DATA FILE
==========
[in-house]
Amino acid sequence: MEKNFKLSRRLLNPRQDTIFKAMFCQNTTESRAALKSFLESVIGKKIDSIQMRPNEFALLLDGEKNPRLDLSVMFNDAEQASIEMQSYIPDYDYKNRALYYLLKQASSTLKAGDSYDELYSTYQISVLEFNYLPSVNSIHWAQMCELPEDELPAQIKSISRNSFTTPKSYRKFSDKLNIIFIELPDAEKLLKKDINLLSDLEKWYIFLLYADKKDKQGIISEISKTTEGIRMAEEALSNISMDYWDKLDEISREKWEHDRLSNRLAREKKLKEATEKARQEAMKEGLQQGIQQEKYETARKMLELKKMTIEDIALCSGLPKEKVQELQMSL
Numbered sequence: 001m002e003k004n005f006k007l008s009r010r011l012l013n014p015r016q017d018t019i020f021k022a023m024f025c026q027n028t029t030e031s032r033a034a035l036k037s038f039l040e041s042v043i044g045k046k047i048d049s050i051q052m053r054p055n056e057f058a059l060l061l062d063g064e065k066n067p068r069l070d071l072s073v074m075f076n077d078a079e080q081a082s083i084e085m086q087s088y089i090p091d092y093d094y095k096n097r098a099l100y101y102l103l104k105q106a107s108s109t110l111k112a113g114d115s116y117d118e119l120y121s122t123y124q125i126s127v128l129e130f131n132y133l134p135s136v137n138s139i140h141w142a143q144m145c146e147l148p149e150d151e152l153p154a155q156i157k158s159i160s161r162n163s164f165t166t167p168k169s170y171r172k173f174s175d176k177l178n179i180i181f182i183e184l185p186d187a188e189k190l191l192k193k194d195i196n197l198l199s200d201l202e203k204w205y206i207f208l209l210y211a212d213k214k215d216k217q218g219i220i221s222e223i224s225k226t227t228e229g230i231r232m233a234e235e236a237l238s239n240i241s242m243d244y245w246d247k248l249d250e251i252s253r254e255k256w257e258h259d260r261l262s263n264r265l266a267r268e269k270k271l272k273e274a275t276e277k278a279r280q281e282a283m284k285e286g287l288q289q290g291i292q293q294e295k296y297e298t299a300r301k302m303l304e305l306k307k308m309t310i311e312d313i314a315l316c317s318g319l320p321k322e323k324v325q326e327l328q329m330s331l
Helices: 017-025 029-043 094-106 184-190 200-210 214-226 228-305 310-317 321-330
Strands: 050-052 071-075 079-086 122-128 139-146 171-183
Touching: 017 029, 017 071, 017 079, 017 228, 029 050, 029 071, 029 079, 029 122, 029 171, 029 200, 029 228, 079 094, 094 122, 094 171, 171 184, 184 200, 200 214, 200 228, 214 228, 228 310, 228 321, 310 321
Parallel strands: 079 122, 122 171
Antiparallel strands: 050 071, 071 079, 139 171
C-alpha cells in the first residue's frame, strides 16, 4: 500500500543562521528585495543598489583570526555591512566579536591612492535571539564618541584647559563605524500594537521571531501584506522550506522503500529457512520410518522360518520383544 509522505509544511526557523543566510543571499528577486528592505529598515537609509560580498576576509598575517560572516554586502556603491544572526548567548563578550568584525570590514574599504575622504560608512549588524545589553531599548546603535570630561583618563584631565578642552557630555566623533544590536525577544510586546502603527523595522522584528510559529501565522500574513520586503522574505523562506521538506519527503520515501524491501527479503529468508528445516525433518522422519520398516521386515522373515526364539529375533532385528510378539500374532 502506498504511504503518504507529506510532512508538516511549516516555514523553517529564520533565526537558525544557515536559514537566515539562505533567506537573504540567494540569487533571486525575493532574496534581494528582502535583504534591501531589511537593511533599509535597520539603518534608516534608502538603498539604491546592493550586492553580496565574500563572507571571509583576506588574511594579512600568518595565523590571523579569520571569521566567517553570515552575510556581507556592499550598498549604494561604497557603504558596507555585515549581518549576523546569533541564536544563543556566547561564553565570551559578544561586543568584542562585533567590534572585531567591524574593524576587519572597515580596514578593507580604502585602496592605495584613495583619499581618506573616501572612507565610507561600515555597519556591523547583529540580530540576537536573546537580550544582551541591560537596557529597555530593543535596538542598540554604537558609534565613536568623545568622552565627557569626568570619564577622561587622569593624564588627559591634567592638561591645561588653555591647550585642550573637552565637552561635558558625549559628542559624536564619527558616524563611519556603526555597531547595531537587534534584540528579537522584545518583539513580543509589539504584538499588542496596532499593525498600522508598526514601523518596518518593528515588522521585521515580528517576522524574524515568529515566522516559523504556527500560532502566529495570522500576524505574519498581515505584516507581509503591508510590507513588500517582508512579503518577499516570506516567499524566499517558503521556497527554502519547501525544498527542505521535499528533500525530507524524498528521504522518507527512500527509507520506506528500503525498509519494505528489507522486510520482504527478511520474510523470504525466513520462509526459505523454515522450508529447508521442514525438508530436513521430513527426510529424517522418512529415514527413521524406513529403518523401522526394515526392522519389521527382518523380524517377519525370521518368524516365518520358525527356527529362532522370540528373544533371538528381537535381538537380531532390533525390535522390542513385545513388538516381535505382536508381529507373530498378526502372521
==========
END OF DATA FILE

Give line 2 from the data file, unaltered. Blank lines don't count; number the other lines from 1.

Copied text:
Amino acid sequence: MEKNFKLSRRLLNPRQDTIFKAMFCQNTTESRAALKSFLESVIGKKIDSIQMRPNEFALLLDGEKNPRLDLSVMFNDAEQASIEMQSYIPDYDYKNRALYYLLKQASSTLKAGDSYDELYSTYQISVLEFNYLPSVNSIHWAQMCELPEDELPAQIKSISRNSFTTPKSYRKFSDKLNIIFIELPDAEKLLKKDINLLSDLEKWYIFLLYADKKDKQGIISEISKTTEGIRMAEEALSNISMDYWDKLDEISREKWEHDRLSNRLAREKKLKEATEKARQEAMKEGLQQGIQQEKYETARKMLELKKMTIEDIALCSGLPKEKVQELQMSL